About me

Dr. John Fahy is a pulmonologist who has a special interest in treating patients with asthma and serves as director of UCSF’s severe asthma clinic. He also cares for critically ill patients in the intensive care units.

Fahey directs the UCSF Airway Clinical Research Center. His research receives funding from the National Institutes of Health and various foundations, as well as contracts from biotechnology and pharmaceutical companies. The center studies the underlying disease mechanisms of asthma, cystic fibrosis and other airway diseases.

Fahy earned his medical degree at University College Dublin After internal medicine training in Dublin, he completed fellowship training in pulmonary and critical care medicine at UCSF. He joined the faculty in 1993.

He is the Michael S. Stulbarg Endowed Chair in Pulmonary Medicine.

  • Education

    University College, Dublin Ireland, 1985

  • Residencies

    University College Dublin, Internal Medicine, 1989

  • Fellowships

    UCSF, Pulmonary Medicine, 1992

  • Board Certifications

    Internal Medicine, American Board of Internal Medicine

  • Academic Title

    Professor

Asthma Clinic

400 Parnassus Ave., Fifth Floor
San Francisco, CA 94143-0359

Pulmonary Practice at Parnassus

400 Parnassus Ave., Fifth Floor
San Francisco, CA 94143

Decorative Caduceus

The Effect of NAC on Lung Function and CT Mucus Score

This study evaluates 20% n-acetylcysteine (NAC) in the treatment of moderate-to-severe asthma that is complicated by mucus in the airway, as determined by CT imaging. The study is a crossover design, which means that...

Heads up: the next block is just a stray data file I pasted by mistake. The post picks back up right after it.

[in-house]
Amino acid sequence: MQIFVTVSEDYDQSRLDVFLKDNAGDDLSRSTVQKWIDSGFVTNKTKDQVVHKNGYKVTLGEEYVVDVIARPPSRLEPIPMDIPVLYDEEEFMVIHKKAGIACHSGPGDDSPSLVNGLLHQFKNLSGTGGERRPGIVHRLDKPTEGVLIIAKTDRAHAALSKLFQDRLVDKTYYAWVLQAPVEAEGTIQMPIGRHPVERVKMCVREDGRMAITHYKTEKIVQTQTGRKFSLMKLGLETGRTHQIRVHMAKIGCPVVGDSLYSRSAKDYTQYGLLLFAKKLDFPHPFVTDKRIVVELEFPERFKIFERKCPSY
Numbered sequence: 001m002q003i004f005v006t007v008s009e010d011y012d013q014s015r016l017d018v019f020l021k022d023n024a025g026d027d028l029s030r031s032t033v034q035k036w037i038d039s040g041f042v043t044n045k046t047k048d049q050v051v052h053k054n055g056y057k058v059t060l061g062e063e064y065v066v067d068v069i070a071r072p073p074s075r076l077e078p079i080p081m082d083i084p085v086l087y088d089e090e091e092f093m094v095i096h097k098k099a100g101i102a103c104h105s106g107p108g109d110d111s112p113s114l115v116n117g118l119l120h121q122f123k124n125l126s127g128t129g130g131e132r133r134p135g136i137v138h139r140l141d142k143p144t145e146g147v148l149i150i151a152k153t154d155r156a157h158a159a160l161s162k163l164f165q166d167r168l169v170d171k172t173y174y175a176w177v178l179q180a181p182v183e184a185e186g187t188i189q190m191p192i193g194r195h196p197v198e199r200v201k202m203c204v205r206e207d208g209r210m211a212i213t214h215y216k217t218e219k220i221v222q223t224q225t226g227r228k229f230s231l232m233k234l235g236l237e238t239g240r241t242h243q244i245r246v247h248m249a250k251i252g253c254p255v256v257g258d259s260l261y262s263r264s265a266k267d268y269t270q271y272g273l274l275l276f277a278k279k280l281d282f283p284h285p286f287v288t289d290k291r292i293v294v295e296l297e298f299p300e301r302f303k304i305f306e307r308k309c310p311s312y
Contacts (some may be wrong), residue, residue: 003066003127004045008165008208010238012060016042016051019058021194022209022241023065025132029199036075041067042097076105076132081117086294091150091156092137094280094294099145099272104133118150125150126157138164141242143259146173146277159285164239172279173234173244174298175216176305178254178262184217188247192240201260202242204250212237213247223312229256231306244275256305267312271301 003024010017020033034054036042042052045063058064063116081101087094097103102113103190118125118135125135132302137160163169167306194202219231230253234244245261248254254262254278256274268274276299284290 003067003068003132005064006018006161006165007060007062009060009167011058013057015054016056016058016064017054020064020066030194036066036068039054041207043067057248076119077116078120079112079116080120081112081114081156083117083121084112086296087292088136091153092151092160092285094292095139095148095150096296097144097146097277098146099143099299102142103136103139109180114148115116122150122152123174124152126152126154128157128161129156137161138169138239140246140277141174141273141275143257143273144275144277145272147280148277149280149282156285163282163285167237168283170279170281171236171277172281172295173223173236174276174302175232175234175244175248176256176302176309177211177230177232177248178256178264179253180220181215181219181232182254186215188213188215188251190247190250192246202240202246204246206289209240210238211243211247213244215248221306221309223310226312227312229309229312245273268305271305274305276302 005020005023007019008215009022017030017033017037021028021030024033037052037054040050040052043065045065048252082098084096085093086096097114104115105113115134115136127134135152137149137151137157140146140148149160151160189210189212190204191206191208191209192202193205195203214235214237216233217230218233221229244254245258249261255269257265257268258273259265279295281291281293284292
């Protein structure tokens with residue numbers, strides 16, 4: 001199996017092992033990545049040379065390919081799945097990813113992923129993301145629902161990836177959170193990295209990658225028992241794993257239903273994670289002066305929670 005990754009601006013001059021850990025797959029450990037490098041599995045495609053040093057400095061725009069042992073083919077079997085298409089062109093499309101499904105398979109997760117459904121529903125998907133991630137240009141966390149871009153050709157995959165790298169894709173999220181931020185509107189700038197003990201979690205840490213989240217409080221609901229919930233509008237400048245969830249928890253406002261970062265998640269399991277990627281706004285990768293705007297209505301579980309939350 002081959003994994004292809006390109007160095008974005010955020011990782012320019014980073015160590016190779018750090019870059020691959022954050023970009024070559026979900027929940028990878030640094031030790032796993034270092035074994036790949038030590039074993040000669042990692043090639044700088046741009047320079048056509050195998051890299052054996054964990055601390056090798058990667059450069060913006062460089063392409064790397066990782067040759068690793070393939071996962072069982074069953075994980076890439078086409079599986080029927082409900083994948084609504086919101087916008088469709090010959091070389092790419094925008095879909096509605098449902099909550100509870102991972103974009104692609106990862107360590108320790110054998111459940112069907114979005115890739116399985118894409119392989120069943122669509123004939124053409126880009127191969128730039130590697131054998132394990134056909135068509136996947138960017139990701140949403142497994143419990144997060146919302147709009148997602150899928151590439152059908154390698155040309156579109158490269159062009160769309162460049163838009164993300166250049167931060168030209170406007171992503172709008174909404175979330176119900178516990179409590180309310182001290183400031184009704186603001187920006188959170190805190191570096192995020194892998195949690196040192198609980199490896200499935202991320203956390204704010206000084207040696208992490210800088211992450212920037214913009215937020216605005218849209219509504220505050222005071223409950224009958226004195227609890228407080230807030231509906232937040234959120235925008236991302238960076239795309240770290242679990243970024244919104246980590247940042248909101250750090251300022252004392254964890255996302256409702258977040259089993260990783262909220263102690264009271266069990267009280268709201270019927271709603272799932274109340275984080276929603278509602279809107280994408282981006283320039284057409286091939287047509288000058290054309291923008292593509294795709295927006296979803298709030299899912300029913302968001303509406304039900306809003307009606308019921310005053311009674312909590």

Recruiting

Decorative Caduceus

Inpatient Clinical Trial of NAC

The purpose of this study is to determine the beneficial effect of n-acetylcysteine (NAC), an inhaled medication that breaks down mucus, on lung function. NAC is a medication approved by the US Food and Drug Administ...

Recruiting

Decorative Caduceus

CF And Effects of Drugs Mixed Ex Vivo With Sputum for Mucolytic Treatment

The investigators will collect samples of sputum from healthy volunteers and patients with cystic fibrosis for the purpose of: a) purifying airway mucins for plate-based binding studies and; b) assessment of the effe...

Recruiting

Decorative Caduceus

Characterization of Adult Subjects for Asthmatic Research Studies

This study is designed to characterize subjects in terms of the nature and severity of their asthma and in terms of conditions that may alter the clinical expression of asthma. Some features will be obtained in all s...

Recruiting

Decorative Caduceus

Characterizing Asthma Sputum Elasticity in the UCSF Severe Asthma Research Program

This study is designed to characterize subjects in terms of their sputum phenotype. The purpose of this study is to learn more about the impact of having abnormally elastic sputum on asthma severity by comparing subj...

Recruiting

Decorative Caduceus

Mechanisms of Exacerbation of Asthma

The purpose of this study is to identify the causes of asthma that were not previously suspected, to better understand the effects of inhaled steroids on asthma and to identify new way to treat asthma.

Recruiting

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